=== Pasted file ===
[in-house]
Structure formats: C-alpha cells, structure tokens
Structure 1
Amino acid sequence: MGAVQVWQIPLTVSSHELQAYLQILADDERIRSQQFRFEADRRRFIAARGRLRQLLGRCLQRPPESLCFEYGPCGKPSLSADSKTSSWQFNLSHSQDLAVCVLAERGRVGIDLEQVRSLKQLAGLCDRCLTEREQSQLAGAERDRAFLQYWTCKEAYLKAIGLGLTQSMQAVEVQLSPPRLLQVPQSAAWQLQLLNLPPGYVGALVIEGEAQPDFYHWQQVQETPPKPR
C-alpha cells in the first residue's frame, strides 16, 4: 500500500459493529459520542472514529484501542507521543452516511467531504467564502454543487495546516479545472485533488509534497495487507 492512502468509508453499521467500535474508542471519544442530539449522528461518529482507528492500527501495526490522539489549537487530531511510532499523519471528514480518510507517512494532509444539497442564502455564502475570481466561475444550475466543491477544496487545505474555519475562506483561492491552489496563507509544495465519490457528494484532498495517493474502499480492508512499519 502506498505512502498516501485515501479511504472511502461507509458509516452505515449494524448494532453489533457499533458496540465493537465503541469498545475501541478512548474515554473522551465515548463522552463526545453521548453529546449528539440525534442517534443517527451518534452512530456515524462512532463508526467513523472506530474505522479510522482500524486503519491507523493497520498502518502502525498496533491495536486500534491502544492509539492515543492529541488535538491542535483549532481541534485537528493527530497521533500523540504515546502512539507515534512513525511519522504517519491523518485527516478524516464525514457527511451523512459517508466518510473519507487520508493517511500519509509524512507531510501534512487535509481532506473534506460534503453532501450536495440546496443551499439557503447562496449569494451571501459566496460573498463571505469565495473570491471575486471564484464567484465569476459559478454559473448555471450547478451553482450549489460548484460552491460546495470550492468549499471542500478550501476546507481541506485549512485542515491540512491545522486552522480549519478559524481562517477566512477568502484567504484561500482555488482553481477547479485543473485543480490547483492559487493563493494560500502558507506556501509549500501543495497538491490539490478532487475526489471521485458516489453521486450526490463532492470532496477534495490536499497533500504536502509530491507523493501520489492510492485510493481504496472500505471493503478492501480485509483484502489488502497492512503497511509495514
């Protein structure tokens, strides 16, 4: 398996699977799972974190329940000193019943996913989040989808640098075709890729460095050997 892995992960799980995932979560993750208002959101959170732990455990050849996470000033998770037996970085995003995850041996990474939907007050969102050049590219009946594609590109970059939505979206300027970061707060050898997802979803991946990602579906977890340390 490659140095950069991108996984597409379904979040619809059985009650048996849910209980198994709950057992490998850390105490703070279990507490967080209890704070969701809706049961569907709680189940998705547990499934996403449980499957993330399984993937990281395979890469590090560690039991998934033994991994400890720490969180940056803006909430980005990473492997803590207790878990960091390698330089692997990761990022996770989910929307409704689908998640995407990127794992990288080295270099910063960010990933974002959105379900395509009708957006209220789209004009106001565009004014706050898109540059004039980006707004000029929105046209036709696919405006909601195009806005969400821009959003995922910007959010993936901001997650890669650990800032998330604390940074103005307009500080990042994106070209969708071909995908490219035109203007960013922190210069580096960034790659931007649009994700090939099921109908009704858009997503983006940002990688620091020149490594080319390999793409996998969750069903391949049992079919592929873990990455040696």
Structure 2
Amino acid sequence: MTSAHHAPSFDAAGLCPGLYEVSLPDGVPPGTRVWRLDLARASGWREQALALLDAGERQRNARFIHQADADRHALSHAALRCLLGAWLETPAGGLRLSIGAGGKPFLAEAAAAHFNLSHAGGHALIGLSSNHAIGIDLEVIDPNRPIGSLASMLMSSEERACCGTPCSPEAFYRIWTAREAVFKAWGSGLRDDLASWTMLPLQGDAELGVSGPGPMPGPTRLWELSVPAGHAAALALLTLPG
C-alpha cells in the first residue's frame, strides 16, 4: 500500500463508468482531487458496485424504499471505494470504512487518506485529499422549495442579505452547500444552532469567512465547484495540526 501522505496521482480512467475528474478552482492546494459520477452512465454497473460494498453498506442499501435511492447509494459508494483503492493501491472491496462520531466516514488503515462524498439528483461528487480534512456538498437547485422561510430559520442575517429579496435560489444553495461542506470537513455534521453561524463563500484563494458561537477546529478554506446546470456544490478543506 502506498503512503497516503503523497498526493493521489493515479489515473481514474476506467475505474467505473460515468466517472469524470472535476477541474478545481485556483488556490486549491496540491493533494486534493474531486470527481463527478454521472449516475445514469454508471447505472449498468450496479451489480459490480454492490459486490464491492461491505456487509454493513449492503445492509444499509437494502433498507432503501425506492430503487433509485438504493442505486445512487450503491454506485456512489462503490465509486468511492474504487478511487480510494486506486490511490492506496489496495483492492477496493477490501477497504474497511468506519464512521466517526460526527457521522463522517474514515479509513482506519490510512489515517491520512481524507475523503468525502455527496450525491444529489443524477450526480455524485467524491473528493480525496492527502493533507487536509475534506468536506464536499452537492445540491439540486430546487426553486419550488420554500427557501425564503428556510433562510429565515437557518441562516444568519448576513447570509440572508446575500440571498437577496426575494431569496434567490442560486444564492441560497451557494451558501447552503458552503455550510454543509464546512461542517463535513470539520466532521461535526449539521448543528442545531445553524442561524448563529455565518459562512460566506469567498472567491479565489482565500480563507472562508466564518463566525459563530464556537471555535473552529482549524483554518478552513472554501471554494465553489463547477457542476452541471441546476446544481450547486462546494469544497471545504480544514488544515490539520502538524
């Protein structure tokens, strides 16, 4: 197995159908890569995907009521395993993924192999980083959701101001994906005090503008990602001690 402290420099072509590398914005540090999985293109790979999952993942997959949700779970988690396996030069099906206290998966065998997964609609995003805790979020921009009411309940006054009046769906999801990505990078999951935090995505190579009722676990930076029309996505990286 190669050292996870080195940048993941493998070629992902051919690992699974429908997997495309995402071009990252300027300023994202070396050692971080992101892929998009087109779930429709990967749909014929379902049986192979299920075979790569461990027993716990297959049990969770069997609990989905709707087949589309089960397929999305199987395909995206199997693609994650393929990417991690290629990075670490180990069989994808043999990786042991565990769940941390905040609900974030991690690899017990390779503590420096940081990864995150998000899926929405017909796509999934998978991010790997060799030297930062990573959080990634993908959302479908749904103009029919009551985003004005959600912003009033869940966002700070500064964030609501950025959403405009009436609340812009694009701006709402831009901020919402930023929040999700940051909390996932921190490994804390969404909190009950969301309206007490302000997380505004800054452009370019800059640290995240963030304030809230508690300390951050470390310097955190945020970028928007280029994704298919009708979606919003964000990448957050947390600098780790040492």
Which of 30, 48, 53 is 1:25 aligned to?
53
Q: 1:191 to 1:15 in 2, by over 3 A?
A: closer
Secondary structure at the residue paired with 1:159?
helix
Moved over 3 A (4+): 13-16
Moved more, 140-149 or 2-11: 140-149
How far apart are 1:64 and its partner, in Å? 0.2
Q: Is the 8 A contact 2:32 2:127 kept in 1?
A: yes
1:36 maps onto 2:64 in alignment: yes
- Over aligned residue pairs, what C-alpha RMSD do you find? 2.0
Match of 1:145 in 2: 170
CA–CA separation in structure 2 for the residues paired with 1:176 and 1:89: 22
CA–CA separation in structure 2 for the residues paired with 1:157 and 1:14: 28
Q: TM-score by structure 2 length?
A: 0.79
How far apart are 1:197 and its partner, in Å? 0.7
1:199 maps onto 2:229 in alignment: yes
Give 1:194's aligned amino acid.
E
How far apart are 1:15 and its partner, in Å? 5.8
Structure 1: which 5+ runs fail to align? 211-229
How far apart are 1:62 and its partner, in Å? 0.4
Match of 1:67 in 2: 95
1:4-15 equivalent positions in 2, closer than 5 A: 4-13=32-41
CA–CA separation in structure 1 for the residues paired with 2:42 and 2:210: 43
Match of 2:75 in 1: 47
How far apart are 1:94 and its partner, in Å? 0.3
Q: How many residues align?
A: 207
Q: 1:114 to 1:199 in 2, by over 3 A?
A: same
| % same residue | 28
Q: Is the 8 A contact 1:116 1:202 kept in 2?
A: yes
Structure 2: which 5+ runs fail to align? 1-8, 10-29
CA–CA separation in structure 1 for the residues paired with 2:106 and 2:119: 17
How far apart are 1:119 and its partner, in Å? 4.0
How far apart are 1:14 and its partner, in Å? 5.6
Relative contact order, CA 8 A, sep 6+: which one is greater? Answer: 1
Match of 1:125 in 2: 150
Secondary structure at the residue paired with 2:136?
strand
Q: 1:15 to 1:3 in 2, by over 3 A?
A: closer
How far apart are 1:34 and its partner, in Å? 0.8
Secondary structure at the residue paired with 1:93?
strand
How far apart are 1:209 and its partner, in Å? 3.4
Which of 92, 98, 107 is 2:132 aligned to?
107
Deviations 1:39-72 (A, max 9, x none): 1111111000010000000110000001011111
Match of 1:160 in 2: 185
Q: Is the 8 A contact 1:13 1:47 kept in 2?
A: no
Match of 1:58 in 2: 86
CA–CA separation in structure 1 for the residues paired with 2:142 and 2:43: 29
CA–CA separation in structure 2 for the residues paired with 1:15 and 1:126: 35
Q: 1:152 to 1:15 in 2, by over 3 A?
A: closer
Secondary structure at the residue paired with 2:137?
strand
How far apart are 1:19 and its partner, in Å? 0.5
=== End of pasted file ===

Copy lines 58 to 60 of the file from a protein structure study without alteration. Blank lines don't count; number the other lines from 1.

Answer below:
How far apart are 1:34 and its partner, in Å? 0.8
Secondary structure at the residue paired with 1:93?
strand